Berlin Wall

Berlin Wall

With the aim of preventing East Germans
from seeking asylum in the West, the East German government in 1961 began
constructing a system of concrete and barbed-wire barriers between East
and West Berlin. This Berlin Wall endured for nearly thirty years,
a symbol not only of the division of Germany but of the larger conflict
between the Communist and non-Communist worlds. The Wall ceased to
be a barrier when East Germany ended restrictions on emigration in November

1989. The Wall was largely dismantled in the year preceding the reunification
of Germany.

The victorious Allies agreed to give most
of Eastern Germany to Poland and the USSR, and then divide the rest into
four zones of occupation. However, they could not agree of whether
or how to reunite the four zones. "As Cold War tensions grew, stimulated
in part by the German situation itself, the temporary dividing line between
the Soviet zone in the East and the British, French, and U.S. zones in
the West hardened into a permanent boundary. In 1949, shortly after
the Western powers permitted their zones to unite and restore parliamentary
democracy in the Federal Republic of Germany, the Russians installed a
puppet regime of German Communists in the East, creating the German Democratic

Re-public."(Niewyk, 1995) According to Galante (1965, p.vii) "a city
is the people who live in it. Berlin is 3,350,000 people in twenty
boroughs. A rich city of factories, an airy city of farms and parks
and woods and lakes...On Sunday, August 13, 1961 Herr Walter Ulbricht stopped
that. He built the Wall."

One reason for the building of the Wall
was due to the more than fifty-two thousand East Berliners who crossed
the border everyday to work in West Berlin. These people were referred
to as the "grenzgaenger or border crossers." "East Berliners said
the grenzgaenger were parasite who should stay and work on the East side
of the boundary, for the benefit of Communism and the prosperity of the

German Democratic Republic."(Galante, p.3) Gelb (1986, p.3) states,

"Berlin was where the Cold War began with a Soviet blockade, where Soviet
and American tanks faced each other virtually snout-to-snout for the first
time, and where the grisly game of nuclear brinkmanship was introduced."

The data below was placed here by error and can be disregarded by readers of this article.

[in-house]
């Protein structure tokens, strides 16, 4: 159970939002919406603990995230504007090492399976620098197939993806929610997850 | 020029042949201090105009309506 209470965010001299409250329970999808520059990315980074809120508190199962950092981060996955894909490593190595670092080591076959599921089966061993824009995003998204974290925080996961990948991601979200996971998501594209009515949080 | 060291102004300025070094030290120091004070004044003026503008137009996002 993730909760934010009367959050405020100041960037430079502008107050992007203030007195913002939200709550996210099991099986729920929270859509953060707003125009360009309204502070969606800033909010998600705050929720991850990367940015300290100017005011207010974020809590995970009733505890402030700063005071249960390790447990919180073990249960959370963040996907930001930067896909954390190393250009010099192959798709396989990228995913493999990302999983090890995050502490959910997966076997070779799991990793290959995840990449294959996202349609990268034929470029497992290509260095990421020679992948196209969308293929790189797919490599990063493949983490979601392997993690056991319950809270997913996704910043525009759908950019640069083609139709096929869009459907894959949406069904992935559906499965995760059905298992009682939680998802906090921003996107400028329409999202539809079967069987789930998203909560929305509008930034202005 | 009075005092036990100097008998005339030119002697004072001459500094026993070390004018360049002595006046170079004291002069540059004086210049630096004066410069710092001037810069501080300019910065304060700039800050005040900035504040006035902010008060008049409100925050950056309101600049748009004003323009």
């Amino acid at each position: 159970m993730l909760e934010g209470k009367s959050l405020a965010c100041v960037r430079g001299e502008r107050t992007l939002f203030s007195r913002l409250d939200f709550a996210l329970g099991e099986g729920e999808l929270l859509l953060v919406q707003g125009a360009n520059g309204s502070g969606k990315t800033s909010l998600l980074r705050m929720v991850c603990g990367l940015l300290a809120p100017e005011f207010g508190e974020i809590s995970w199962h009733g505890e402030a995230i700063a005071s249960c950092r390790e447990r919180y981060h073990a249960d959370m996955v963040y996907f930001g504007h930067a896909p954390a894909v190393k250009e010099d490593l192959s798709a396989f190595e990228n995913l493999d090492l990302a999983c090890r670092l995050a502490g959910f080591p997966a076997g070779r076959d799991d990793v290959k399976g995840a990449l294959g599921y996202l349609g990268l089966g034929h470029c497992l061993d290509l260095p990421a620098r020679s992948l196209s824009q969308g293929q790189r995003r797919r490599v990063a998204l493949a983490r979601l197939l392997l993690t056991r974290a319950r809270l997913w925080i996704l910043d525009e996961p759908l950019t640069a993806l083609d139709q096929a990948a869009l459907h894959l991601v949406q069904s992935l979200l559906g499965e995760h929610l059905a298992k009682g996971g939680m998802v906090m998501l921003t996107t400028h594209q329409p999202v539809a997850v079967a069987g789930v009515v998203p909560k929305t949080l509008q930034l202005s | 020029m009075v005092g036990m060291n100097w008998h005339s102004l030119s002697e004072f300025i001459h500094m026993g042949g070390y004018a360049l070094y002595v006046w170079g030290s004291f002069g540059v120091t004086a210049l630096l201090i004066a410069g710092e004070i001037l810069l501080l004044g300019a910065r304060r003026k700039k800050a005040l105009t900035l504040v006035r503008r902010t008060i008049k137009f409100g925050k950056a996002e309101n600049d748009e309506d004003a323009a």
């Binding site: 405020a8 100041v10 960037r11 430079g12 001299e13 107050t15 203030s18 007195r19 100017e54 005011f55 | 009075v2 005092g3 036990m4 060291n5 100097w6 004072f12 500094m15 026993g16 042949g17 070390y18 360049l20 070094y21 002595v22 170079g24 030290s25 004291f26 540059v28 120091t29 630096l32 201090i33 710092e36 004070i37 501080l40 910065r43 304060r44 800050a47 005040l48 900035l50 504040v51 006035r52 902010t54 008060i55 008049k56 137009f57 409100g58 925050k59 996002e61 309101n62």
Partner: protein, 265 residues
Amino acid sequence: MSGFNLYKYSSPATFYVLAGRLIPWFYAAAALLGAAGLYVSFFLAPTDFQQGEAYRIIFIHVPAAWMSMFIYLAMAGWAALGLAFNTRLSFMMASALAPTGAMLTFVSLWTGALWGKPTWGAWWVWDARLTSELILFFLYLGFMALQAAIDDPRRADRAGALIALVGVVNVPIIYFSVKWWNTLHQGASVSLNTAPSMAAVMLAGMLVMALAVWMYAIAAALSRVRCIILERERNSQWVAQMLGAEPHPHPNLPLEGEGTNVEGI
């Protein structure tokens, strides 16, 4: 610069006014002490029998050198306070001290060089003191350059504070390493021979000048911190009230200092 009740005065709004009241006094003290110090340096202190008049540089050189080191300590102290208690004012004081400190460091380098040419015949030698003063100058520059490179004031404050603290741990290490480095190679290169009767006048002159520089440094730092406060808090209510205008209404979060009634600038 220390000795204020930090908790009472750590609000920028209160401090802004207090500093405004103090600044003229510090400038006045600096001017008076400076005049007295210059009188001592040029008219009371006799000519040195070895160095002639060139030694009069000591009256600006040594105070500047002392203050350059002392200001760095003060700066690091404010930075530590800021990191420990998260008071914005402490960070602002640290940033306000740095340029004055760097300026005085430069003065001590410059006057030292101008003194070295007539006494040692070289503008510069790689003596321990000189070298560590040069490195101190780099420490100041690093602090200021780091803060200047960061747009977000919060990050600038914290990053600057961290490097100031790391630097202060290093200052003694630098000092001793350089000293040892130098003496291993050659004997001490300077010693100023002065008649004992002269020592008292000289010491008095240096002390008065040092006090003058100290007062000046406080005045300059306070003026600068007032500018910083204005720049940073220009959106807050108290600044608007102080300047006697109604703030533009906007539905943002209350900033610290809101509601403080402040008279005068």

The Wall was constructed of concrete and
steel and barbed wire. It was 28 miles long, if straightened it would
measure 103 miles long, dividing on of the greatest cities in the world.

On side was painted white and one side was covered with graffiti.

"But there is more to the Wall than just this wall. Behind it, one
hundred yards deeper into Communist territory, is another concrete barrier
almost as formidable. The leveled area between the two is a desolate,
dangerous no-man's-land, patrolled by kalashnikov-toting guards, dotted
with free-fire machine-gun emplacements, and sown in places with landmines.

It is punctuated with 285 elevated watchtowers, more suited to prison camps
than city centers, and by a series of dog runs where ferocious, long leashed

Alsatians effectively run free. It is not a safe place to be."(Gelb,
p.4) Approximately 5000 people managed to escape to the West, 80
died trying. There is no known record of anyone trying to escape
in the other direction. "The poor quality and construction is a result
both of the speed with which the first sections were erected and the fact
that no foundation was prepared."(Galante, p.8) On August 13, 1961,

East German troops began stretching coils of barbed wire across the border
checkpoints between East and West Berlin, inhibiting free transit between
the two sectors as guaranteed under the Four-Power Pact that governed the
city. Within days the wire was replaced by 28 miles of compressed
rubble, "and now the historic Berlin Wall became a hideous symbol of the
economic and political schism in Germany."(Cate, preface)

For 28 years the Berlin Wall kept people
in, and kept people out. It separated friend and family. It
divided a nation, a continent, a world. The story of seventeen-year-old

Ursula Heinemann who "still had not recovered from the shock of being separated
from her mother. Although she was certain that she had done the right
thing in escaping to the West, she was nagged by a sense of guilt."(Cate,(1978),
p.3) Many people saw the Wall as "grim and forbidding, the Wall snakes
the city of Berlin like the backdrop to a nightmare."(Gelb, p.3)

After the Wall came down, East German teachers had to plan new curricula
more in line with the schools in the West. "For now, the opportunities
were less notable than the problems. Thousands of East German emigrants
were already sleeping in West German army barracks, nursing homes, high-school
gymnasiums, and even converted cargo containers."(Anderson,(1989), p.33)